To explain how he embarked on Travels in Siberia, and how he stuck with it over sixteen years and multiple trips to Russia, Frazier invokes an infectious condition he calls "Russia-love." When he steps off the plane in Moscow for the first time he sees a sign labeled "Exit" with an arrow pointing to the left. He goes left, and meets with a soldier pointing him back the way he came:
"I was thoroughly stunned. Love, with an assist from novelty, had blindsided me. I had been overcome, lost permanently. This kind of thing happens to people in middle age, I realize. It's embarrassing. The feeling began the minute I stepped off the plane, with the absurd business of the exit sign and the correcting soldier."
The craziness of Russia intoxicates Frazier. It's a country that reveres literature and has produced great books; it's also a country where unspeakable horrors have been ...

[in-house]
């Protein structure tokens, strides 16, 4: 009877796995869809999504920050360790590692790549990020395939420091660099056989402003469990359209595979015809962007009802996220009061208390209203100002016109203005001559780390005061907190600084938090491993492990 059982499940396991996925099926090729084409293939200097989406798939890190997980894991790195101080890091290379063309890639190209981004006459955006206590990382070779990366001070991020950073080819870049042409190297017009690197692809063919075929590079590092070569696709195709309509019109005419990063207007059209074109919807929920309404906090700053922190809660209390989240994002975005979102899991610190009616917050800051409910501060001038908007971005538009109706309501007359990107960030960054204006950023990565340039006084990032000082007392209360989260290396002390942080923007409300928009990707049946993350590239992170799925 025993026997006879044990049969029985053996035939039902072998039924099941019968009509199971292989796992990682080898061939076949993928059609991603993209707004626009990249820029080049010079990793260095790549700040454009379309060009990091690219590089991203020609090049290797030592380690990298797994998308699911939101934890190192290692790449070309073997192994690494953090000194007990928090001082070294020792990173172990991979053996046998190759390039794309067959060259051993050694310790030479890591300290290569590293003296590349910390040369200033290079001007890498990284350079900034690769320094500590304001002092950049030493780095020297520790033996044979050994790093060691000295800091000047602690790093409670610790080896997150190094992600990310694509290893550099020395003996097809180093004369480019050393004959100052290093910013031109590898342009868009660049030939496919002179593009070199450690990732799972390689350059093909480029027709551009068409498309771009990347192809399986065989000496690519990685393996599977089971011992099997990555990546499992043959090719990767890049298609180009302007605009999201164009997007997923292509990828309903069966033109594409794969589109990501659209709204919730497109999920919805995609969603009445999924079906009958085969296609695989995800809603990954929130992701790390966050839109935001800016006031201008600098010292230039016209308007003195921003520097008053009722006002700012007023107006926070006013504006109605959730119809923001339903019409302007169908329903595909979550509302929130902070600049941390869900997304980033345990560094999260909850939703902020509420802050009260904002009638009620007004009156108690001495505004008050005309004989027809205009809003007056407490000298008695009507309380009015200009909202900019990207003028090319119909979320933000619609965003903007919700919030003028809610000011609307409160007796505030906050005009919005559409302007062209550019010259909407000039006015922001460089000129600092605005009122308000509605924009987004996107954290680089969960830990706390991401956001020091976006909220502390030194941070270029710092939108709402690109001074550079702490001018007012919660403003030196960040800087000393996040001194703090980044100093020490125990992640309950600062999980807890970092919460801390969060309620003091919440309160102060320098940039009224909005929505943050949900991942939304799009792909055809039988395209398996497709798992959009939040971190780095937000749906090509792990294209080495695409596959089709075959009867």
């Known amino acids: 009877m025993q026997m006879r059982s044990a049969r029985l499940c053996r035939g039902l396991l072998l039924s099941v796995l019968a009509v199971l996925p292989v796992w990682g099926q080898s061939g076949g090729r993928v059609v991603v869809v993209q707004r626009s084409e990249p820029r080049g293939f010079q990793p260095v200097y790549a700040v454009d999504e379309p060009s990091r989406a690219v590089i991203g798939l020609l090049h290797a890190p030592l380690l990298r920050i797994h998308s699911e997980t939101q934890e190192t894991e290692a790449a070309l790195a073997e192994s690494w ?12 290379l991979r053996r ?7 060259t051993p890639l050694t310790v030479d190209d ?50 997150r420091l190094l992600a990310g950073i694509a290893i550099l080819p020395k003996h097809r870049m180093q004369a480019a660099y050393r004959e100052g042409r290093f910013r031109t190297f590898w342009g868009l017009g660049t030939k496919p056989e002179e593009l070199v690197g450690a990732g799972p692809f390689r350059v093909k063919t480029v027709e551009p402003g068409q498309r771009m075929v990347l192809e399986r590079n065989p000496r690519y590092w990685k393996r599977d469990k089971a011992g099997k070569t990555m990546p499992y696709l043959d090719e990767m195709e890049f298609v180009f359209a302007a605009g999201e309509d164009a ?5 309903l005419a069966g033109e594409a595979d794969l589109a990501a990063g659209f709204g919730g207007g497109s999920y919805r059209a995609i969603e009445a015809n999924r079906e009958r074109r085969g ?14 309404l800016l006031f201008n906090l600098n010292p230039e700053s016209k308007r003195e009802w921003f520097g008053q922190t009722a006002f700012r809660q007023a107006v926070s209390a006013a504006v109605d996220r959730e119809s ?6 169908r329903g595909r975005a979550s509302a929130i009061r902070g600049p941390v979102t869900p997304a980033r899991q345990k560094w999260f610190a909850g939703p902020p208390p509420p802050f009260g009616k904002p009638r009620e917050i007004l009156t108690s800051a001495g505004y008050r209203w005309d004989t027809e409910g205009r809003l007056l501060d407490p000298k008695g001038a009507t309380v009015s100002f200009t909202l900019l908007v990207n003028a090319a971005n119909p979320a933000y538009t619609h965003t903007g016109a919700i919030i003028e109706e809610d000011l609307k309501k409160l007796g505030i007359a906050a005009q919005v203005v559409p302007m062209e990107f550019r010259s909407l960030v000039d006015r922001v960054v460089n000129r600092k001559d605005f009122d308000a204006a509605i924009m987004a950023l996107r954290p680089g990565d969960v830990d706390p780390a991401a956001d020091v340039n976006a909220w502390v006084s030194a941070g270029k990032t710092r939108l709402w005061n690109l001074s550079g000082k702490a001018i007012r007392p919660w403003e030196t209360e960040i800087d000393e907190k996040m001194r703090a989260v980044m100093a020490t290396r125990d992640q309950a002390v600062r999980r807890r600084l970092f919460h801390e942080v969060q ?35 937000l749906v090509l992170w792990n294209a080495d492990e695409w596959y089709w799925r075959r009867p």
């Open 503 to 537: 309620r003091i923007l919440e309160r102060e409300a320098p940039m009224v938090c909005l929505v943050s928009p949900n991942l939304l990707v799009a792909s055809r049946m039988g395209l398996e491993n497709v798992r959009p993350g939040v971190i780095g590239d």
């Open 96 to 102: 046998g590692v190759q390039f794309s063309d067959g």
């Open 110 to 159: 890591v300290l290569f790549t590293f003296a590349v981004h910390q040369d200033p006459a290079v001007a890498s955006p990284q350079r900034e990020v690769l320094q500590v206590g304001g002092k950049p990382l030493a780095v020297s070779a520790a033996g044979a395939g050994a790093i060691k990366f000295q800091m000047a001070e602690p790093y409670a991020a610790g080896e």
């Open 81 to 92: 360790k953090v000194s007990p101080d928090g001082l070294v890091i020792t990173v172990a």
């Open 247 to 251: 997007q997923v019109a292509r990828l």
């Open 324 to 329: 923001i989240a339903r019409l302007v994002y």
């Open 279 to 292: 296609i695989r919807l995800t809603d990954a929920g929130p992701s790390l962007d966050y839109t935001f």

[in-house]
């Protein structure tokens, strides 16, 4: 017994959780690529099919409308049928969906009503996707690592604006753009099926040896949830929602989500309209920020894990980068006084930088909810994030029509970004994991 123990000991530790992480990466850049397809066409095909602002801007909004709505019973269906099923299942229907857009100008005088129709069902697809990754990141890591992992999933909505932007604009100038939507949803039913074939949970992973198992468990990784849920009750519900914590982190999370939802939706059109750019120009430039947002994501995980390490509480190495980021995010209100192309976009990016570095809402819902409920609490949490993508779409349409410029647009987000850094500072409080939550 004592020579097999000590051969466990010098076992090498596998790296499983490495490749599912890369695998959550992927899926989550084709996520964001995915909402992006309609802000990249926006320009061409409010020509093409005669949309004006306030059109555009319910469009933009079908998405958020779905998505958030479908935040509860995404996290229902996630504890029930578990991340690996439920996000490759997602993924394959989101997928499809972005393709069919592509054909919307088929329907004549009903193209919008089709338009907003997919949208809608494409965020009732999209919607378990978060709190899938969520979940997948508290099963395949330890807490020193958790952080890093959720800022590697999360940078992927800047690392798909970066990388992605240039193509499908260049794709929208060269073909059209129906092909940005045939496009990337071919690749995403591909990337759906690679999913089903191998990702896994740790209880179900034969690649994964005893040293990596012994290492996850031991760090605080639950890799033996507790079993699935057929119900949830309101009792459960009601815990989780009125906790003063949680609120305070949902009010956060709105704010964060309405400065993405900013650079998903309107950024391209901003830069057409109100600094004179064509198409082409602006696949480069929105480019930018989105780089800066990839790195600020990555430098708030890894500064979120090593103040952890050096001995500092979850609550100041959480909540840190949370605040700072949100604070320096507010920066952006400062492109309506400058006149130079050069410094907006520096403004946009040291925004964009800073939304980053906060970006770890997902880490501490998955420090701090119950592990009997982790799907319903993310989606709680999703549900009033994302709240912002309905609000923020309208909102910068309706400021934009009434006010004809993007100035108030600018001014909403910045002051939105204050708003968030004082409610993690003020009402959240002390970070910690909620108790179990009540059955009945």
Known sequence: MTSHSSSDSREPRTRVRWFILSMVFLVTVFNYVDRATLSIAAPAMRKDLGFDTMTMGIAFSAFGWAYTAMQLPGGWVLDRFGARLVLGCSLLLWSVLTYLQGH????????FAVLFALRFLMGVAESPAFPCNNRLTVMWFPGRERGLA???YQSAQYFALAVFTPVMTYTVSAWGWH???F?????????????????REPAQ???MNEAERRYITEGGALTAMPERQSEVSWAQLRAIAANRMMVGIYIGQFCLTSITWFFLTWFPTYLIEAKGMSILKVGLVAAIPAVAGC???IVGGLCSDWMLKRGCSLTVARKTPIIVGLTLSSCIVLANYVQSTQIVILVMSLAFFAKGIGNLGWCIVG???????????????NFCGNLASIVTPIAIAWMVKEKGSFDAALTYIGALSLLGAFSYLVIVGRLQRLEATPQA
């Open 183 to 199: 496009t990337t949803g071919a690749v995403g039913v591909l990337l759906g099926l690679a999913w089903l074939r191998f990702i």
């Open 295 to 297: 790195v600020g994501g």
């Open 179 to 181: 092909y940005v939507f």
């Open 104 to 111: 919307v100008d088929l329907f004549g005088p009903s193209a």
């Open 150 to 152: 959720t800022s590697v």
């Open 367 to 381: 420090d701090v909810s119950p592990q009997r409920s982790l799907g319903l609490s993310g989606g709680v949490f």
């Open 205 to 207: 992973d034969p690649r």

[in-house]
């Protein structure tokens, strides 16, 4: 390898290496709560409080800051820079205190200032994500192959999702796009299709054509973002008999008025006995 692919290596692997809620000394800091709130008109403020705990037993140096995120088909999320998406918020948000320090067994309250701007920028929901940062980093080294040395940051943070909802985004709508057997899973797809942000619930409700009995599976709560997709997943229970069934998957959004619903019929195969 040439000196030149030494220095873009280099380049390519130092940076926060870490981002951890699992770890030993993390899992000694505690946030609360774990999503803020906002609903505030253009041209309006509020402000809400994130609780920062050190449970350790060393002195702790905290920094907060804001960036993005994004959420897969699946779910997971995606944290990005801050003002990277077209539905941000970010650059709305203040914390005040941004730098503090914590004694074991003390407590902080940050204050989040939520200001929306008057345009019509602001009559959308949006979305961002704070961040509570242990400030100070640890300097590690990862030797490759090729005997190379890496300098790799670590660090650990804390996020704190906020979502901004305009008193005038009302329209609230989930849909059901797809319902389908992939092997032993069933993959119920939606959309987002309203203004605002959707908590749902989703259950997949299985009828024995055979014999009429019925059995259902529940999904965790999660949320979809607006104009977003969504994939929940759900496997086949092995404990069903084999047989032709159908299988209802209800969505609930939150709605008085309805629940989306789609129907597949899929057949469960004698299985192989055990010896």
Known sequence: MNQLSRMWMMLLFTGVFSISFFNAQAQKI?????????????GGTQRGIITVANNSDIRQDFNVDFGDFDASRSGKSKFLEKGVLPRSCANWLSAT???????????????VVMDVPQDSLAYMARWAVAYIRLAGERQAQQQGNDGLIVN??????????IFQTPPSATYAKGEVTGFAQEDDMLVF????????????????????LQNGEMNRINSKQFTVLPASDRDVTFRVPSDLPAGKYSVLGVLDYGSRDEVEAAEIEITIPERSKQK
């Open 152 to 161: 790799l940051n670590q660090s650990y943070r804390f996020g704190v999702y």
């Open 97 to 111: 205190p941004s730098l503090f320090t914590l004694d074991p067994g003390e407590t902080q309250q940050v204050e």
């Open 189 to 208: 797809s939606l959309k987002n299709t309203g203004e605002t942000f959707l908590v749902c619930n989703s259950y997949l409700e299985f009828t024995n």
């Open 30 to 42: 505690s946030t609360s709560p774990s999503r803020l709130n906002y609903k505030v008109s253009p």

Members review books pre-publication. Read their opinions in First Impressions
Win 5 books, each week in July!
Solve this clue:
and be entered to win..
Visitors can view some of BookBrowse for free. Full access is for members only.
Your guide toexceptional books
BookBrowse seeks out and recommends books that we believe to be best in class. Books that will whisk you to faraway places and times, that will expand your mind and challenge you -- the kinds of books you just can't wait to tell your friends about.